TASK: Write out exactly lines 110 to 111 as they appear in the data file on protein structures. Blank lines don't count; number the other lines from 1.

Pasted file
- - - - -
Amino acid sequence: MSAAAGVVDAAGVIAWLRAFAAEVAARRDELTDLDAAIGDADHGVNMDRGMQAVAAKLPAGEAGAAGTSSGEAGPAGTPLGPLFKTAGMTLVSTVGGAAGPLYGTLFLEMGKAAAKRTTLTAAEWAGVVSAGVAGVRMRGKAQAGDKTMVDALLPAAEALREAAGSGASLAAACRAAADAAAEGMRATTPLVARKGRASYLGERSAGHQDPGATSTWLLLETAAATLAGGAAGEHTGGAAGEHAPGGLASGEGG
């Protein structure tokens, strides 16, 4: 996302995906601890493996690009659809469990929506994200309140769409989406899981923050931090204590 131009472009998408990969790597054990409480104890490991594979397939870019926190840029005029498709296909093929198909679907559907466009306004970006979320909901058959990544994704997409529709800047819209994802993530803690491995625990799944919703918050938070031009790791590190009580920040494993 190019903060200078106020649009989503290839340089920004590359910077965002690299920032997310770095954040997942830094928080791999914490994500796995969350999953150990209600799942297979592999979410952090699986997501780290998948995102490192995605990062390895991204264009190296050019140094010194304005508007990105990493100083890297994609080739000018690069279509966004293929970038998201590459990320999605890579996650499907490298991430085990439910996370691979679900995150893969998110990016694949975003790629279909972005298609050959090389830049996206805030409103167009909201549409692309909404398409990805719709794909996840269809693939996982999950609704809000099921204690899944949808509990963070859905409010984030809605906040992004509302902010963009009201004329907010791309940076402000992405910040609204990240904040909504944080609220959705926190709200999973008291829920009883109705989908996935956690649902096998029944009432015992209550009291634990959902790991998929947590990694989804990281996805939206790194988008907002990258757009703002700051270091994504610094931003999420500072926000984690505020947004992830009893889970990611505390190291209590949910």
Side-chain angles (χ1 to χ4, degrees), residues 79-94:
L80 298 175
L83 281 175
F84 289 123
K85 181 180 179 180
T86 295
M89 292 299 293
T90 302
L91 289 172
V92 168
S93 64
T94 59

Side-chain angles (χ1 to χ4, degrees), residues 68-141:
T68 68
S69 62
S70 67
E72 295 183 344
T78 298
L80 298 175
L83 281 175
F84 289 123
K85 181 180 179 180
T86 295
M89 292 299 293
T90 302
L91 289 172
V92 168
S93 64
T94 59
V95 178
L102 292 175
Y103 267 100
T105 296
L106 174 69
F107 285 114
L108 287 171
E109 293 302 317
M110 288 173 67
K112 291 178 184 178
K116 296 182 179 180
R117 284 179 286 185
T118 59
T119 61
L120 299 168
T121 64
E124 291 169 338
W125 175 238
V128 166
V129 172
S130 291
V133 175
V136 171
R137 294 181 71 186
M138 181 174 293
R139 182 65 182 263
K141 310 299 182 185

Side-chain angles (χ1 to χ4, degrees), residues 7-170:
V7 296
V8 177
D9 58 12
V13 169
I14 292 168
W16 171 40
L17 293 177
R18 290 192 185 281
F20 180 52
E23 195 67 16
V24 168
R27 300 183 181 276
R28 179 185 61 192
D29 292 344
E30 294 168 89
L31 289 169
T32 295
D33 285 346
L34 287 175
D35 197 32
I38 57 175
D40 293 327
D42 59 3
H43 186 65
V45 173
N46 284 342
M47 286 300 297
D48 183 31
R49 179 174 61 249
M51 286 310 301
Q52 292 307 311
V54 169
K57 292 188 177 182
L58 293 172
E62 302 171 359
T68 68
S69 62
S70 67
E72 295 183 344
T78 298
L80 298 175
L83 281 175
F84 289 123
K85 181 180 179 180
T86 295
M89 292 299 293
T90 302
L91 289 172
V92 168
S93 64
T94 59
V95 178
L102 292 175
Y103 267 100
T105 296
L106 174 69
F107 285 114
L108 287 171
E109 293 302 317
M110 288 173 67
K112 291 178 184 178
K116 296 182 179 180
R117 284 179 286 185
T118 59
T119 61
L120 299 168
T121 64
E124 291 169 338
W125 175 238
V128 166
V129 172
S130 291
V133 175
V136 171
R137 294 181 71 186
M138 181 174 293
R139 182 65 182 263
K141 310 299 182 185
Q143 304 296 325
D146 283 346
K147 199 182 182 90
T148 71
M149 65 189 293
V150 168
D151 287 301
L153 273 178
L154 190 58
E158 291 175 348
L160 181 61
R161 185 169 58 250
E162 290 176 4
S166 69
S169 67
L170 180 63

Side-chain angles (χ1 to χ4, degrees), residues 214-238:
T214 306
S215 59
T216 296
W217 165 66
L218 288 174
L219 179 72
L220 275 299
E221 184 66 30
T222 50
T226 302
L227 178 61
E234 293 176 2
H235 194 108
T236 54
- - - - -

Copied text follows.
T94 59
V95 178